Use access key #2 to skip to page content.

Are refiners in for a big surprise?

Recs

23

July 26, 2010 – Comments (11) | RELATED TICKERS: VLO

According to Saturday's Des Moines Register: 

"The ethanol industry is fracturing and under attack inside and outside the Capitol. Theindustry's 45-cent-a-gallon subsidy is due to end at the end of the year, but energy bills that could provide a means of extending the tax credit have been delayed, throwing the legislation's future in doubt. 

In the House, the tax-writing Ways and Means Committee is working on a plan to continue the subsidy for a year but cut it by 20 percent to 36 cents a gallon. Action on it also has been put off until September. 

The 54-cent-a-gallon tariff on imported ethanol is also set to expire this fall, and the Brazilian sugarcane ethanol industry is expressing optimism Congress will cut if noteliminate it." 

Gasoline refiners would still be required by law to purchase and blend 13 billion gallons of ethanol with gasoline in 2011 pursuant to the Renewable Fuel Standard enacted by Congress in 2007. Refiners, however, wouldn't receive a 45 cent pergallon tax credit if Congress allows the subsidy to expire. 

The net effect of eliminating the subsidy is the cost the refiner pays for ethanol would effectively increase 45 cents a gallon. This would leave gasoline refiners and distributors with significantly lower operating margins. 

The most important issue for the ethanol industry is what Congress does regarding the 54 cent a gallon tariff on imported ethanol which alsoexpires at the end of December. 

If the current import duty is lowered or eliminated, imports of ethanol from Brazil would displace U.S. ethanol in cities within 150 miles of the major East and West Coast ports and along the Gulf states which includes most of the major population centers in the U.S. 

If the import tariff on ethanol were eliminated, production of ethanol in the U.S.would fall more than 25%. 

Nothing is certain in the world of politics, but if the subsidy is eliminated and the import tariff is not refiners could be in for a major hit to their margins.  

If the subsidy is allowed to expire, but imports from Brazil are no longer taxed, it would be a boon for Brazilian ethanol companies and a major hit to the U.S. ethanol industry. 

Deej 

11 Comments – Post Your Own

#1) On July 26, 2010 at 5:46 PM, Option1307 (29.68) wrote:

This is indeed an interseting development; however, what is to prevent refiners from simply raising their prices to compensate for their own cost increases, e.g. passing on their cost increase onto the consumers?

Report this comment
#2) On July 26, 2010 at 6:15 PM, goldminingXpert (29.43) wrote:

I hate ethanol. It better not mess up my plans for TSO, CLMT and WNR.

Report this comment
#3) On July 26, 2010 at 7:27 PM, rd80 (98.32) wrote:

If the current import duty is lowered or eliminated, imports of ethanol from Brazil would displace U.S. ethanol in cities within 150 miles of the major East and West Coast ports and along the Gulf states which includes most of the major population centers in the U.S.

Wouldn't the location of the refineries be more important than the location of the cities? Or does the ethanol get blended in futher downstream than the refinery?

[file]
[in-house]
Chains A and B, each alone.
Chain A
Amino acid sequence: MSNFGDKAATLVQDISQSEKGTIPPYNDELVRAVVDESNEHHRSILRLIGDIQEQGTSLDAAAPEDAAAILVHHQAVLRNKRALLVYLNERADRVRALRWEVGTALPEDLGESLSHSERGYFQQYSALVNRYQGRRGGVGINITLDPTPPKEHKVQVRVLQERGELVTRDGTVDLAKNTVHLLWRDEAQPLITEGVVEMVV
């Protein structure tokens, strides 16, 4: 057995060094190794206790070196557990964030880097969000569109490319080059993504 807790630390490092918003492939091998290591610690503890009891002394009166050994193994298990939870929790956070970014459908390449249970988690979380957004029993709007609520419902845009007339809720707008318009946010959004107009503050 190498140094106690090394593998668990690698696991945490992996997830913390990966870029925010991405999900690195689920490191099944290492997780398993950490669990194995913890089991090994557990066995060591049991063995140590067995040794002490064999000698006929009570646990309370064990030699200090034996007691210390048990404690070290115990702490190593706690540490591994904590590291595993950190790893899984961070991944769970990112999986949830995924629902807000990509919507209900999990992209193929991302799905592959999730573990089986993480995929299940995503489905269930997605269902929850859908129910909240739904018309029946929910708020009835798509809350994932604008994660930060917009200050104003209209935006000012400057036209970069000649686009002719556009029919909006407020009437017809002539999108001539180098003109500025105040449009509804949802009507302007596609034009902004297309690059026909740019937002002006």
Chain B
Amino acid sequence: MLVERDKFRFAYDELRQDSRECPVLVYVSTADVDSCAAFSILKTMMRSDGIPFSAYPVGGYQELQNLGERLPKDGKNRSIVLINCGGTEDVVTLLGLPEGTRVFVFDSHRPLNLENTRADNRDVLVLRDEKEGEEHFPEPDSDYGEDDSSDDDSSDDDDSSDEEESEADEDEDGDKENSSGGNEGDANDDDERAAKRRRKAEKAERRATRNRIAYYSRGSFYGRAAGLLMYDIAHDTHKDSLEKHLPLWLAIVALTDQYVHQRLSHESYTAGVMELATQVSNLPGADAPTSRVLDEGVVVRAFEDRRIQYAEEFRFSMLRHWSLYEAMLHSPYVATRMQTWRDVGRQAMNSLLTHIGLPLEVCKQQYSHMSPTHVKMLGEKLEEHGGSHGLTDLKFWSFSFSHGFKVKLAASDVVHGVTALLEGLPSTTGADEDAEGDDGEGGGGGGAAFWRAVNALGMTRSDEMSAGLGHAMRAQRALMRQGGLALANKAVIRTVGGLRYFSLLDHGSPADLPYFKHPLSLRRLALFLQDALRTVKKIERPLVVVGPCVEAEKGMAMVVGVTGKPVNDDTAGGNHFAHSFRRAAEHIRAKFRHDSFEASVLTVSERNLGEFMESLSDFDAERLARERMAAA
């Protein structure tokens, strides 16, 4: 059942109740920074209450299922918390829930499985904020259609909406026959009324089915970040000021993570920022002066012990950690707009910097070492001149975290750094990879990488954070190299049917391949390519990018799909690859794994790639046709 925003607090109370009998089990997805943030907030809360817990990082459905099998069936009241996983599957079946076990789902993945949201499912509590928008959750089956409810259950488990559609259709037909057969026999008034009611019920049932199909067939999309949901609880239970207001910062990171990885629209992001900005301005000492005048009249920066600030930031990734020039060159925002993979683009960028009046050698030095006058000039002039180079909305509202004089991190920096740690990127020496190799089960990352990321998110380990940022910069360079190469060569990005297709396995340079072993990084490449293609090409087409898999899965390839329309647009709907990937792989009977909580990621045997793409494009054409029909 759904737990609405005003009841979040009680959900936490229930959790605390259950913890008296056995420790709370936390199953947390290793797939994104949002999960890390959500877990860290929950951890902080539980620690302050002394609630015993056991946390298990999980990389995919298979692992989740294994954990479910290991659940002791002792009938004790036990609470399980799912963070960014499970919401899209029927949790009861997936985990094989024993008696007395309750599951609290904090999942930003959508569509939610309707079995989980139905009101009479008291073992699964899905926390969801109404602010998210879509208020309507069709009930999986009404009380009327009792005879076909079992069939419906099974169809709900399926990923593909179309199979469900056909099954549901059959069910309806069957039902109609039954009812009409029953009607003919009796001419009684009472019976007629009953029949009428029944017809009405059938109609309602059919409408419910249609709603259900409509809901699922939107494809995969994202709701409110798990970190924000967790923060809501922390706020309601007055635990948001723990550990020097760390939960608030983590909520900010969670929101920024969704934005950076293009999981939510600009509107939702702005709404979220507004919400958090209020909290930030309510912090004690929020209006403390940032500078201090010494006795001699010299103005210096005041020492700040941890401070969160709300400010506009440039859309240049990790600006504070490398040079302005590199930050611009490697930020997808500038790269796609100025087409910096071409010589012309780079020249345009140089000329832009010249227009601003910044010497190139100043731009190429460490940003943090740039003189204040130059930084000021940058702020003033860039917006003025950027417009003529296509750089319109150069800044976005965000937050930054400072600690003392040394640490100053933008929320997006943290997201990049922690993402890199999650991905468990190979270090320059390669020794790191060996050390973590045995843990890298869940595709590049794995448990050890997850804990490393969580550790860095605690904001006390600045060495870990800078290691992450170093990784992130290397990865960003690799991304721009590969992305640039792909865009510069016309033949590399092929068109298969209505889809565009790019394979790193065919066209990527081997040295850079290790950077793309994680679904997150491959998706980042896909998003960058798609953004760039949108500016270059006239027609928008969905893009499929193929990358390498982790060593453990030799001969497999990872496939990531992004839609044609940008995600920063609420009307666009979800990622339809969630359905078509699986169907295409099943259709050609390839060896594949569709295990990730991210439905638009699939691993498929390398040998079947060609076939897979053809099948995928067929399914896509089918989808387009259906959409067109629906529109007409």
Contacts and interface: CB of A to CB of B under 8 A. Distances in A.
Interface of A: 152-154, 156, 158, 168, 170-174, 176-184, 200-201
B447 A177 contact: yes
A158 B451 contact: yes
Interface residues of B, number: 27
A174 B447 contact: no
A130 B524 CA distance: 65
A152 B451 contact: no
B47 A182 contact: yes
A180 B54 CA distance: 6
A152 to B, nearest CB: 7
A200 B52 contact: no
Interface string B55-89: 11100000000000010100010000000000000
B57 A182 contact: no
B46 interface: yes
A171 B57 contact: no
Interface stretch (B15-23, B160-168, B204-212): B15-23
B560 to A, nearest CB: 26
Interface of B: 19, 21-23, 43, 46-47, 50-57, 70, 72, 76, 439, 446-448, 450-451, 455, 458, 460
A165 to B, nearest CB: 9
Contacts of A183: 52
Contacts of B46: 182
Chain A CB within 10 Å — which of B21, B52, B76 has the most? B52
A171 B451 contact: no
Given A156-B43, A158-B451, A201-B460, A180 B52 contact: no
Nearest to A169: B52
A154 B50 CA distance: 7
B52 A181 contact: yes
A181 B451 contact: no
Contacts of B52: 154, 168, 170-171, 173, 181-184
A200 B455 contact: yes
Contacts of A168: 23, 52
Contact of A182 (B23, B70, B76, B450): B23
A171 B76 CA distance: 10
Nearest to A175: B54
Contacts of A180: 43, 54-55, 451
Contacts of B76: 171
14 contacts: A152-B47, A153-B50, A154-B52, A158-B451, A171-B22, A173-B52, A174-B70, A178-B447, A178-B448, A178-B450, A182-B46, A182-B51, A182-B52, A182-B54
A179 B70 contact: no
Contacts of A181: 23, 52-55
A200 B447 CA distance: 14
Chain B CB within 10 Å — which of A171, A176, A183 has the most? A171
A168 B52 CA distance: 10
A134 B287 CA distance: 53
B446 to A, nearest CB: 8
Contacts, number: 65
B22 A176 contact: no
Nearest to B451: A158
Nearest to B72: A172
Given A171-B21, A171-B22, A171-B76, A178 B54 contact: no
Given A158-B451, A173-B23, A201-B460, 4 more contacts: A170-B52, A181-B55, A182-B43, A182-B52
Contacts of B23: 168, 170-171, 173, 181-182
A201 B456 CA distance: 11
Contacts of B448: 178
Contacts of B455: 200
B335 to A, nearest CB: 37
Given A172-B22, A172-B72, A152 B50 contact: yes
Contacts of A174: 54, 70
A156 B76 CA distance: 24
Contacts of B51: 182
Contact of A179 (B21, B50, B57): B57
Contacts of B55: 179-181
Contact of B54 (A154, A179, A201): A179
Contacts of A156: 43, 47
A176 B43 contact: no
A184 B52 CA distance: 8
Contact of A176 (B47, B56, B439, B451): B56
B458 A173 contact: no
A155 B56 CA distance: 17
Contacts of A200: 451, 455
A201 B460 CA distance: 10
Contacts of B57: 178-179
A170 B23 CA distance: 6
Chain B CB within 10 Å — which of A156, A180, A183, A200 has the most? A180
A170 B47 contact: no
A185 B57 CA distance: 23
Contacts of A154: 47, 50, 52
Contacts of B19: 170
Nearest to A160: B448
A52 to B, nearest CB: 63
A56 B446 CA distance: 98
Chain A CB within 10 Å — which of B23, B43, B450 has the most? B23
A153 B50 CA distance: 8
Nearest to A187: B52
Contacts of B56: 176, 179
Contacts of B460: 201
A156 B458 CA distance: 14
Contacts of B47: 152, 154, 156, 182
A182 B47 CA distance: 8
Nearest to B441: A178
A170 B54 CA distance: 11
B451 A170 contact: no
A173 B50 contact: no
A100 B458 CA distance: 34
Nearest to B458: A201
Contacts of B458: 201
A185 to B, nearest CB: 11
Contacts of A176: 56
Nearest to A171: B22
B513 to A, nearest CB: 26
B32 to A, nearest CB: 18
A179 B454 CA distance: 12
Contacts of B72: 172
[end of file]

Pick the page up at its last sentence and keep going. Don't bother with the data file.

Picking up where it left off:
Regardless, I think your 150 miles inland is too restrictive.  Barge traffic could get Brazilian ethanol far into the interior of the country.

Report this comment
#4) On July 26, 2010 at 9:31 PM, Brothern (< 20) wrote:

"... prevent refiners from simply raising their prices to compensate for their own cost increases, e.g. passing on their cost increase onto the consumers?"

Ethanol is incredibly inefficient to produce. Even an elimination of a couple cents per gallon would bring it to being produced at below cost.

Report this comment
#5) On July 26, 2010 at 9:46 PM, NOTvuffett (< 20) wrote:

Subsidies don't lower the cost of anything, just hides their true cost.  Benefits the few at the expense of the many.  Same thing for tariffs.

Report this comment
#6) On July 27, 2010 at 11:32 AM, ajm101 (31.82) wrote:

You could consider gas station companies, too.  DK and PTRY are the only ones I know of offhand.  DK has substantial refinery operations, too.  They operate at very thin margins on gas, so any increases in margin can result in substantial increases in EPS.  They have there warts like any other company/sector, though.  (long DK and PTRY)

Report this comment
#7) On July 27, 2010 at 12:29 PM, leohaas (31.50) wrote:

Not so sure this has any impact at all on refiners. True, their cost may go up (it will in the scenario where the 45c subsidy expires, and the 54c import duty does not; not in any other scenario), but this is the case for all refiners. In other words, there will be no competitive force preventing the refiners from increasing their prices. Same goes for gas stations. That means that we as consumers end up paying 4.5c/gallon extra (gasoline typically contains 10% ethanol). But since we as taxpayers no longer shoulder the subsidy, the whole thing is a wax for us...

Disclosure: long VLO at the time of writing.

Report this comment
#8) On July 27, 2010 at 12:54 PM, miteycasey (30.45) wrote:

yippie!!!

I hope the tariff and subsidy go bye-bye. 

Report this comment
#9) On July 27, 2010 at 2:15 PM, JakilaTheHun (99.93) wrote:

I'm crossing my fingers it gets eliminated.  It's very wasteful and inefficient on every level.  Even the supposed "environmental" aspect is complete bunk --- there are no environmental benefits to corn-based ethanol. That, of course, hasn't stopped the ethanol industry from shamelessly promoting it as a "green fuel."

Report this comment
#10) On July 27, 2010 at 2:54 PM, Option1307 (29.68) wrote:

+1 for comment #9

Report this comment
#11) On July 27, 2010 at 11:10 PM, Tastylunch (29.25) wrote:

ditto to what jakila said

Report this comment

Featured Broker Partners


Advertisement